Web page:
Let us now talk about becoming mature. Let us talk about the developmental process of assuming broader and deeper levels of responsibility. Before we are conscious we are beings with urges and wants. This is the state of a child whose original urge is for self-directed happiness. We can characterize this wanting as selfish, narcissistic, with the logic of pursuing as much pleasure as possible and as avoiding as much pain as is possible. Here, the conscious subject thinks that he is the center of the world and the measure of all things. He is the center of all meaning and all claims to truth. This, we hold, is the unconscious narcissism that has determined the entire western vision of who we are. It is the basis for our anthropology of the subject, of the self.

In this state, we are so involved with ourselves that we view all other things in the light of ourselves. We are shackled to our own self-image and find our wellbeing in the pleasure we have in our own image. At bottom our desires are directed right back toward ourselves as we each try to wrap our heads around the rest of the world, including other people. In this state, then, we totalize a world in terms of our own small frame of mind. Here there is a complete convergence between oneself and objective reality.  This lack of a gap or discrepancy is our propensity toward self-deception.  It is a denial of the transcendent, which is the world of possibility, of overcoming, and of change.  This foundation creates complacency, depression, and misplaced aggression.

This state prohibits us from directing ourselves toward another person in terms of his own difference. Rather, in this state we utilize the other’s image for our own project of becoming. In this kind of way of life, which is mostly unconscious, I want others to want me in various ways. This helps me develop my self-identity as well as my self-esteem. Yet if I approach others in this narcissistic way, only in terms of my own need for wholeness, I preclude myself from listening to their need. This way in the world creates a kind of tit-for-tat, competitive [and adversarial] social dynamic in which we do things for others in the hope and with the expectation that we will receive something in return. It creates a world that is a war of all against all, overtly or covertly.

Unfortunately, when we see others in this way, we often unconsciously attribute to them the qualities of ourselves. This externalizing of our own self creates a project of mastering the other when we are just trying to master the wounds of the past that we have internalized into ourselves. This kind of need can also show up in the belief in a god that is narcissistic. In this state, we pursue a unity with god to obtain an overwhelming assurance and protected-ness. Again, though, in our narcissism we are only chasing ourselves.

Yet we realize that we can never reduce the other as a function of our own happiness. He is always different, and always escapes what we want from him. However, in this egocentric involvement with the world, we create relations of power with other people. Because of the fear of losing our own identity in the face of the other, we try harder to ignore our difference, but in this way, we don’t see what he may need from us. This creates a social world that is very much based on an economy of usefulness–we each see the other in terms of his or her use value. I use you to affirm and develop myself. You do the same. Thus, we all do.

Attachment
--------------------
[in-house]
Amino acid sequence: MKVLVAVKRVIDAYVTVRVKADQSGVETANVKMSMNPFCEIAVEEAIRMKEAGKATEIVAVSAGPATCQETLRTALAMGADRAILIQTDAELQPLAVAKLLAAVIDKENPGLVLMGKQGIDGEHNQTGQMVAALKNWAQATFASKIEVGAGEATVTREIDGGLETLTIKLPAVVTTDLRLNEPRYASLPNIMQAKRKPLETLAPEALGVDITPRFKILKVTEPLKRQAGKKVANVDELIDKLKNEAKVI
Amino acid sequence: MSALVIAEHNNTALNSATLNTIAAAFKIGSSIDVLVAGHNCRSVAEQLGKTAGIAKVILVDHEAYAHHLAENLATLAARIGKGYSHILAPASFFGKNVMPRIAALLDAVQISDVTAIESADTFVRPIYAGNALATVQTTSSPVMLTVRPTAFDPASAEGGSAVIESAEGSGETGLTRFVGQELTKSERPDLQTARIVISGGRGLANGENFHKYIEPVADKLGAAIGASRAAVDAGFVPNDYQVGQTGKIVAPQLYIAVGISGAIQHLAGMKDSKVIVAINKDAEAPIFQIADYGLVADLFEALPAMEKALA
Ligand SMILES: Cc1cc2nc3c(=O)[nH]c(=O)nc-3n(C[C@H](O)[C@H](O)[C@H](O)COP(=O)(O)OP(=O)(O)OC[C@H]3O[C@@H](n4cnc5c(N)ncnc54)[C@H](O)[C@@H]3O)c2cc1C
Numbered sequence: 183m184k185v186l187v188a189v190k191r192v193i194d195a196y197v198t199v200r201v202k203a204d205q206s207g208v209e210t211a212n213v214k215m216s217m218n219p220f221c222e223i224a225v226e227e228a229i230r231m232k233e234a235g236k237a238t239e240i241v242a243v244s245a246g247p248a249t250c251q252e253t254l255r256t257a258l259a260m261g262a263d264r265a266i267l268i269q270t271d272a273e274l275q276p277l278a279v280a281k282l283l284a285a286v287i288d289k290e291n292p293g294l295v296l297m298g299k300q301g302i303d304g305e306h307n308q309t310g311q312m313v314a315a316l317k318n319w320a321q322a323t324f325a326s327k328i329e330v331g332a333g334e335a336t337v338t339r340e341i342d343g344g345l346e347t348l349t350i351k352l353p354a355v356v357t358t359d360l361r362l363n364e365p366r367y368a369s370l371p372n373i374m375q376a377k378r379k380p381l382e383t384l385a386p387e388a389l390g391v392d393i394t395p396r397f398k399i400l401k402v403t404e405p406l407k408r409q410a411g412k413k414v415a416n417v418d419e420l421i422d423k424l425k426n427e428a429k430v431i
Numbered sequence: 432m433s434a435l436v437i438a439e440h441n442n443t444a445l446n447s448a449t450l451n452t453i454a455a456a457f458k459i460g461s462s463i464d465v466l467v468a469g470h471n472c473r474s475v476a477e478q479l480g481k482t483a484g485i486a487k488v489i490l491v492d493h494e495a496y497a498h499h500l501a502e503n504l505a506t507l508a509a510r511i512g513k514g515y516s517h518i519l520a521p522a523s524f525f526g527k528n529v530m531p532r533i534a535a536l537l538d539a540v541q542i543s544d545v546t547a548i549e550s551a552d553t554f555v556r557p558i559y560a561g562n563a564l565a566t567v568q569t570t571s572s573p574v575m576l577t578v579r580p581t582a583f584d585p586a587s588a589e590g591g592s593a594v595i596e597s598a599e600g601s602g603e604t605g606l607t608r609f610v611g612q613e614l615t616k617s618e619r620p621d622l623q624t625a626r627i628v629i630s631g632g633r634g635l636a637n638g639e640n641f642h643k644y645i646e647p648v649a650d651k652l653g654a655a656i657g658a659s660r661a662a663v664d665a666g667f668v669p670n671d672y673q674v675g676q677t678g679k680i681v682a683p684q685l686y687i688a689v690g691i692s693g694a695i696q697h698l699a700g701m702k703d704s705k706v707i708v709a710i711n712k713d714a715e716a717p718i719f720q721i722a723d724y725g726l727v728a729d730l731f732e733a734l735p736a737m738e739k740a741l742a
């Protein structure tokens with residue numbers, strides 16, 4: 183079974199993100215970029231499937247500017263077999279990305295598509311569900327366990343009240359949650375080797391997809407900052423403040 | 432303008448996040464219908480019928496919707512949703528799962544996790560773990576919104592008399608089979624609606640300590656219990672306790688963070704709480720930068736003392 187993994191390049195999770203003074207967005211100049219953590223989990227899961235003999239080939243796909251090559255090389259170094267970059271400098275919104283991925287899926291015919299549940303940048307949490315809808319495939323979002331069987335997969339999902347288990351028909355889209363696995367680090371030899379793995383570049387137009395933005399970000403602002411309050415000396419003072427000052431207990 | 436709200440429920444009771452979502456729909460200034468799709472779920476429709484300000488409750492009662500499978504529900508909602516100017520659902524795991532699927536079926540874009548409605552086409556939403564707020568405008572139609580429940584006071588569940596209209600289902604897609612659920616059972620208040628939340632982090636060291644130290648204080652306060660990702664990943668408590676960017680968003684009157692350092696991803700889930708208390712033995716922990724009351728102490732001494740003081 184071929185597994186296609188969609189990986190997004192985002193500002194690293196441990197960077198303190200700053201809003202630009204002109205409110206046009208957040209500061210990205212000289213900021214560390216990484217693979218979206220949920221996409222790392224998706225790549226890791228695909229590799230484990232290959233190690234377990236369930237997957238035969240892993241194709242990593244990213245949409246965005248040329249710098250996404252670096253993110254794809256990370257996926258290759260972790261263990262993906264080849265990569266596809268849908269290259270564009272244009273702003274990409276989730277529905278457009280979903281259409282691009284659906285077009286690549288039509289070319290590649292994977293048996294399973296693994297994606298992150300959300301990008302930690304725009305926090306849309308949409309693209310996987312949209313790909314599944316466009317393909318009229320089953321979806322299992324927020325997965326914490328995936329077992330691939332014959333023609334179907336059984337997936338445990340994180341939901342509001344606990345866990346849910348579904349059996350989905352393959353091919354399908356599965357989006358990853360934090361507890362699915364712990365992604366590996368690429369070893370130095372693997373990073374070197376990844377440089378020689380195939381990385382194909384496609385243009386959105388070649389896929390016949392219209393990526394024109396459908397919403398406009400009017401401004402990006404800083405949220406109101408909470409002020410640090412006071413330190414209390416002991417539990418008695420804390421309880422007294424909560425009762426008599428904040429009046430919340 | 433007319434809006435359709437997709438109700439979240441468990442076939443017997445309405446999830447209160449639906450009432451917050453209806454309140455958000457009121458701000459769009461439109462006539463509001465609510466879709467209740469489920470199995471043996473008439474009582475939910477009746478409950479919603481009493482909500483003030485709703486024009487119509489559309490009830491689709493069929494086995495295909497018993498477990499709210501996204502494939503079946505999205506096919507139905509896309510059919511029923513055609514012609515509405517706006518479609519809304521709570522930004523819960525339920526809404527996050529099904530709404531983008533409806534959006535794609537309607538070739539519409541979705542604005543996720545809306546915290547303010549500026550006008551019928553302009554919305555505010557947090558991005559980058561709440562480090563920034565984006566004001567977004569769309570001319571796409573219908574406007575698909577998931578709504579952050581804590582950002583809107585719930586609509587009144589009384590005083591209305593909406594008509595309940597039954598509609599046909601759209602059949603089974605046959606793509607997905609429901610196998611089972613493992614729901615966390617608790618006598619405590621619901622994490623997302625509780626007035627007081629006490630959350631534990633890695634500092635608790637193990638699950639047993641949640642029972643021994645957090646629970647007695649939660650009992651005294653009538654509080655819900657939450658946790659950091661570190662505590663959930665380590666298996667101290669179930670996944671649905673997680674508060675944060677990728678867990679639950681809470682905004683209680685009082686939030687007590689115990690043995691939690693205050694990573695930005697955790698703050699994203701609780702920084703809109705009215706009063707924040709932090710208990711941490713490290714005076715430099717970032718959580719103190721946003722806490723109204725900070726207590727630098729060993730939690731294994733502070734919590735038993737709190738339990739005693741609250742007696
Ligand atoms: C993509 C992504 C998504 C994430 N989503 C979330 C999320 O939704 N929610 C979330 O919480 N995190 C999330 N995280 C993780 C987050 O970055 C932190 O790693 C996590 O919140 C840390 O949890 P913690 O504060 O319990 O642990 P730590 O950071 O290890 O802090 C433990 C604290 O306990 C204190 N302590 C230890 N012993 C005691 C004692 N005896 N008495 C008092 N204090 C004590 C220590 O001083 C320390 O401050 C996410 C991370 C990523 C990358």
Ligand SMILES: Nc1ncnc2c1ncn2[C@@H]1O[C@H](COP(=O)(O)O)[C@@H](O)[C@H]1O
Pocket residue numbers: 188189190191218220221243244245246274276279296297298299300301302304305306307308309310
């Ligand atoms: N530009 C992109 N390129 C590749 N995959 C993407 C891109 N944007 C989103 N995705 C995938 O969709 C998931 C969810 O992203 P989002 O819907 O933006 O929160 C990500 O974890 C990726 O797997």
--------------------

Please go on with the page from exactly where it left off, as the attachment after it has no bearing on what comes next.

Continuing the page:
All of us, led by our egocentrism, are motivated by our need for autonomy, wanting to expand the reach of our influence as much as possible, and thus we collide with each other in our everyday push for power. From this conflict, the numerous people who inhabit the same ecosphere cannot each be at the center of things. This causes us–in our egocentricity–to position ourselves against each other. But hardly anyone wants to live in this kind of system, in which no one can be trusted and where we constantly must watch our backs. The better things in life–peace, music, relaxation, pleasure, and the like–don’t come when we are always on the verge of violence. Consequently, we enter into compacts with others, giving up only so much of our autonomy as is necessary to avoid the other’s violence. This leads to the formulation of laws and clear statements of rights.

The problem with this way of thinking is that it treats weaker groups and individuals unfairly. This is so because the system itself is born of egocentrism and relations of power. Within the logic of this system, attention is given to the powerless only to the extent that they pose a threat to the powerful. Our history, then, is a history of conquests; it is a humanism of those that are proud of being conquerors. Within a history of this kind of competitive dynamic–of all against all–we have become desensitized to the other, and the cycle intensifies. Most of us suffer a constantly nagging that something is wrong, but we hide from it; we run from it. We use food, drugs, sex, shopping, and the like to distract ourselves from the truth of our lack of attention to the other.  We thus retreat from our responsibility to others, each other, and all Others.